So Kima's been reassigned to the serial killer case. And what of that triple homicide home-invasion case she was working, Bunk asks, his eyes not even leaving his newspaper. "I got stuff I could run down on that, yeah," Kima says, as McNulty squirms. "But Jay put me on this here." For those of you scoring at home, that's one detective removed from a real homicide involving three real people, so that she can investigate a made-up crime that was fabricated in an apparently fruitless attempt to free up more investigative resources to bring down the drug dealer who...ordered the actual real-live homicides that now aren't getting solved.
If the irony is lost on you, it is not lost on Bunk, who slams down his newspaper and drags McNulty into an interrogation room. "Do you even see how fucking wrong you are?" Bunk hisses. McNulty does not -- he's grinning and happy and yammering on about how the city is coughing up money and resources to pay for his investigation and how more coin is likely to follow. "You just took a real detective off a real case behind your bullshit," Bunk fires back, as if explaining the concept of fire to a caveman. McNulty promises to fix that -- I think we've gotten enough of a glimpse at your problem-solving skills, my man -- but continues to exult in how clever he's been, extracting blood from a stone. "Eventually, these motherfuckers are gonna pay out enough for us to do Marlo Stanfield," a more-crazed-than-usual McNulty asserts. "Just watch. And learn. "You've lost your fucking mind, Jimmy," says Bunk, summarizing what all of us should be thinking. "Look at you. Half-lit every third night. Dead drunk every second. Nut-deep in random pussy. What little time you do spend sober and limp-dicked, you're working murders that don't exist." And with that, Bunk storms out of the interrogation room, leaving McNulty to reflect on what he's done. McNulty is apparently a whiz at introspection -- he's out of the interrogation room quickly, whispering to Kima sotto voce that she should take the overtime, but continue to work her triple homicide while he covers for her on the serial-killer investigation. Kima wonders, not unreasonably, what the hell is going on. Best you don't know, kid -- it'll only make your brain hurt.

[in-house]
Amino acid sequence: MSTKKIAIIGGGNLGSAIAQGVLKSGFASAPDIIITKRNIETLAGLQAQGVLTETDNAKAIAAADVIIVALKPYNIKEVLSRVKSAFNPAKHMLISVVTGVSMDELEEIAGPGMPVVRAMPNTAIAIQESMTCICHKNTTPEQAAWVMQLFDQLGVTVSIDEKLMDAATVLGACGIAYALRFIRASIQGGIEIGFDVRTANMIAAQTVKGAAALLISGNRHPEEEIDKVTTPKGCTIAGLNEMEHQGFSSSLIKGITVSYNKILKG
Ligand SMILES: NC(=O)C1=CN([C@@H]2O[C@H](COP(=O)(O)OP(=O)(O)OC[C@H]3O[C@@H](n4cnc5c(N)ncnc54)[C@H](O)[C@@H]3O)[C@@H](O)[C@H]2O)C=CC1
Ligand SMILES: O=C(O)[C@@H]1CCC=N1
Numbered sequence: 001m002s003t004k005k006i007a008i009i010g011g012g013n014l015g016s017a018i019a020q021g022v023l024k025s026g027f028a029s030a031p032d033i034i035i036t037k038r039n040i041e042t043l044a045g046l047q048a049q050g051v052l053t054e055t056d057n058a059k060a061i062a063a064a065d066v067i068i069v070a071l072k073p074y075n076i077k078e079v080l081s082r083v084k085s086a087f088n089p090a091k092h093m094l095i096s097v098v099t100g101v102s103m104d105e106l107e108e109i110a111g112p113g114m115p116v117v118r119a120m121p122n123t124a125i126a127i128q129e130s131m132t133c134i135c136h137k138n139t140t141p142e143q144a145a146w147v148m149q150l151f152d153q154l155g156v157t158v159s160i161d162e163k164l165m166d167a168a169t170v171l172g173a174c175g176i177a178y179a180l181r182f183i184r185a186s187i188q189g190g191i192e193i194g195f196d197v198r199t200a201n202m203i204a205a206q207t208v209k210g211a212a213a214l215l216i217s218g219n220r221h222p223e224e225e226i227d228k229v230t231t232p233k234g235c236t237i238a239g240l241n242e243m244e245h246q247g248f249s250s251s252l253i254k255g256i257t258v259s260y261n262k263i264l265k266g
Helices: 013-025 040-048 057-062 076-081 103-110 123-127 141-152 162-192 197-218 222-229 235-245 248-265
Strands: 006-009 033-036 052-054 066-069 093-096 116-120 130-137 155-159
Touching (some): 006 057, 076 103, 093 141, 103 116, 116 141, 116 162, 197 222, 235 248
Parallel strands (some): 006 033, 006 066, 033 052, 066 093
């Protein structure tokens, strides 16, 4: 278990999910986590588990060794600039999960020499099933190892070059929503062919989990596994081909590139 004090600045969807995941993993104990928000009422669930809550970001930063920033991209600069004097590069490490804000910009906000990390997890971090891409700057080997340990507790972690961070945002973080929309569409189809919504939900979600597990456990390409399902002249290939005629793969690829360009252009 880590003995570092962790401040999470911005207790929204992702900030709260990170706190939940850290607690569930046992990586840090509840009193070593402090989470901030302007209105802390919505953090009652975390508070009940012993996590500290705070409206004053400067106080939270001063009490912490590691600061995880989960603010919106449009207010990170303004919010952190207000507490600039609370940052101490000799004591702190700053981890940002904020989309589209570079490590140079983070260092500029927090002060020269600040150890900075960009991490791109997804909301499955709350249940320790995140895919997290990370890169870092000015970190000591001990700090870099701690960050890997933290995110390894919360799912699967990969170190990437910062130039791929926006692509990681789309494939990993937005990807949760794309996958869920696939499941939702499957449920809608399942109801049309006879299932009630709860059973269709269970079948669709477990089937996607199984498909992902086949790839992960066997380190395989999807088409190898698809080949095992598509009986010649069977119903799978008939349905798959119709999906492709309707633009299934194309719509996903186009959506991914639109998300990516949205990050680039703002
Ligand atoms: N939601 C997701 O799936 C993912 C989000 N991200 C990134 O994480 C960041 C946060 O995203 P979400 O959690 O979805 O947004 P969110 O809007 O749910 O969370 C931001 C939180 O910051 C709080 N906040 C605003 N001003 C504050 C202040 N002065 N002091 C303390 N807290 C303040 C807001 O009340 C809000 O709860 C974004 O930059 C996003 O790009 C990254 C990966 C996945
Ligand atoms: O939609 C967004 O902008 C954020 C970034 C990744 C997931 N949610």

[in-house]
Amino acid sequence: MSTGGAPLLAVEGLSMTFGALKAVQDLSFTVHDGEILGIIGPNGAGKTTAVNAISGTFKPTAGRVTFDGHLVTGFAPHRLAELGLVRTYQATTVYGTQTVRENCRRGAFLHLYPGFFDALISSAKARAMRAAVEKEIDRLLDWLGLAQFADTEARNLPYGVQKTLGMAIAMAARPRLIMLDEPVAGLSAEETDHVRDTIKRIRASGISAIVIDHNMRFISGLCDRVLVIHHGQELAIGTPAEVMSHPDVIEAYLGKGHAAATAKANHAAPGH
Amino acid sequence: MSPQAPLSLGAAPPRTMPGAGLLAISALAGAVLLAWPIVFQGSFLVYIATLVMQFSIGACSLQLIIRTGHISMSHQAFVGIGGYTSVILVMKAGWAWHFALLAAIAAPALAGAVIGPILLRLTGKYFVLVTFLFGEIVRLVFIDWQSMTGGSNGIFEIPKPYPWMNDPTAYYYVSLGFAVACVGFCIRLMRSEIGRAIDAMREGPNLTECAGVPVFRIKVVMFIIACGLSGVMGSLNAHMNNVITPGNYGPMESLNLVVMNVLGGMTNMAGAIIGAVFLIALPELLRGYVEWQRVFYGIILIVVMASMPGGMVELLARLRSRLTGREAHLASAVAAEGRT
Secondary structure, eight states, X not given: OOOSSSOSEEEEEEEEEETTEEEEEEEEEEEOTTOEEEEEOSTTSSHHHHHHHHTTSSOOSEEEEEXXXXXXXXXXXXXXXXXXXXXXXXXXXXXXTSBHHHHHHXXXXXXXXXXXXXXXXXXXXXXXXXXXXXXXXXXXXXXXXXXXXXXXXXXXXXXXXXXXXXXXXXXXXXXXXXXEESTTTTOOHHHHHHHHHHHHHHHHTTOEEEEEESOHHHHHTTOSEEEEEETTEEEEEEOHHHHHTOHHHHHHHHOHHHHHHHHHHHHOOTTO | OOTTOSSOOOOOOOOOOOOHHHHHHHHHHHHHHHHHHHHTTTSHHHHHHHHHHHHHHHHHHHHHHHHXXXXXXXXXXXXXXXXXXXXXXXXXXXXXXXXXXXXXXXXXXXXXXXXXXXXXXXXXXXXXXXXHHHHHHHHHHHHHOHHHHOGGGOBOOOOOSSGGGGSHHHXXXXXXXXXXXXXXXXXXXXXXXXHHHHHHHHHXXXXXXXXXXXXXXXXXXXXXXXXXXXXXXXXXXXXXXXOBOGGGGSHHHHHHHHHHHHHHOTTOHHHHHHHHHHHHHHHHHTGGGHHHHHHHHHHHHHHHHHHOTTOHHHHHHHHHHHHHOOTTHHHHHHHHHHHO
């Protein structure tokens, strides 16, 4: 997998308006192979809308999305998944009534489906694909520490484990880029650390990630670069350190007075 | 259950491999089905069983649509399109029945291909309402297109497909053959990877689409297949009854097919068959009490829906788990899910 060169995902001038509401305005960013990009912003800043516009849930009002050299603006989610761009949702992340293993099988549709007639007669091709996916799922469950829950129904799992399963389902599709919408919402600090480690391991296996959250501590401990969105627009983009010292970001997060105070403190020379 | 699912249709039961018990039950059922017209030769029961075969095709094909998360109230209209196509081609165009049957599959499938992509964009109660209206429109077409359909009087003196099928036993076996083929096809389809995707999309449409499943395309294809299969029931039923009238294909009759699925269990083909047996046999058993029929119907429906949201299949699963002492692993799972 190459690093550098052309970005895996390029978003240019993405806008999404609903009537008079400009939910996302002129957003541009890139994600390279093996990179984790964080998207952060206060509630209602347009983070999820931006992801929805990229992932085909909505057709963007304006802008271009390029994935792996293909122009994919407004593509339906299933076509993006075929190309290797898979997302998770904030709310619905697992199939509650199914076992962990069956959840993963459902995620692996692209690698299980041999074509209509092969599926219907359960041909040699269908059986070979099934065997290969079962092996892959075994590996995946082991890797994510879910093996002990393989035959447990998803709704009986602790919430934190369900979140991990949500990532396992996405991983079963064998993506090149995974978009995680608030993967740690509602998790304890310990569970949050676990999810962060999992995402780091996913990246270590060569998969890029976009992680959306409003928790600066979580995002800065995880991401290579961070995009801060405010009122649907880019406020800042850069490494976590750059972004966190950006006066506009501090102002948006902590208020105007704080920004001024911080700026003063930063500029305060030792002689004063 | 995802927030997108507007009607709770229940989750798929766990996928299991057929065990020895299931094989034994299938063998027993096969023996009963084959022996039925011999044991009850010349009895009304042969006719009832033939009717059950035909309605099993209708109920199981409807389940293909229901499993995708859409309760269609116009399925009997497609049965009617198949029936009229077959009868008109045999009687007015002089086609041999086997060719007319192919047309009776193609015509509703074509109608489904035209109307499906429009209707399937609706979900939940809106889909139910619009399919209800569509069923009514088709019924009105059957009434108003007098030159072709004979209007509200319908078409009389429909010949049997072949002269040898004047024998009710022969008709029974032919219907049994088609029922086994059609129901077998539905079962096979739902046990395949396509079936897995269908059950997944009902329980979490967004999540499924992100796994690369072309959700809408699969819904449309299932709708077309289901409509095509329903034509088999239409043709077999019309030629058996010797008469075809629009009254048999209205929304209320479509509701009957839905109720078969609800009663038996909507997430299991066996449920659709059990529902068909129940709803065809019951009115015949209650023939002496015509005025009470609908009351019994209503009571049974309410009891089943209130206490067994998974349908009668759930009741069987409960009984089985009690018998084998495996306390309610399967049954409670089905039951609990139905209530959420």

Out on the streets, Templeton is interviewing homeless people. Or at least, he's attempting to. The first guy he tries talking to chides him for not making an appointment ("I'm booked up all afternoon," the homeless guy says, only a little bit sardonically). Another one asks him for cash. A third is the business-card-hoarding loner McNulty encountered last episode -- Templeton doesn't have any better luck getting a coherent word out of him. Finally, the failure montage ends with Templeton interviewing a guy who calls himself Nathan Levi Boston and claims to know who's doing all the killings. "Do you believe Satan walks the earth in a fleshly form, that Satan can occupy the souls of men?" Judging by his pained expression, Templeton does not believe that one bit. Oh, how this montage brought back memories -- none of them pleasant -- of my days as a G.A. reporter, when the bosses would dispatch me down to the local shopping mall to survey the locals on what they thought about the O.J. Simpson trial or Jerry Garcia kicking the bucket. (They were outraged by the former and kind of sad about the latter, as I recall.) I used to call these vox populi stories because that sounds a lot more cultured than "fucking wastes of everybody's time." And I would go out and get horrible quotes, much in the same way that Templeton is doing here. The difference is that I would return to the office and write a terrible story using faithful transcriptions of those terrible quotes, before going home to drink away the agony and dream of the kind of life I have now, where I making a comfortable living writing promotional blurbs for especially stodgy lingerie catalogs. Something about what we've seen from Templeton thus far suggests that he's not the sort to submit to his fate the way I once did.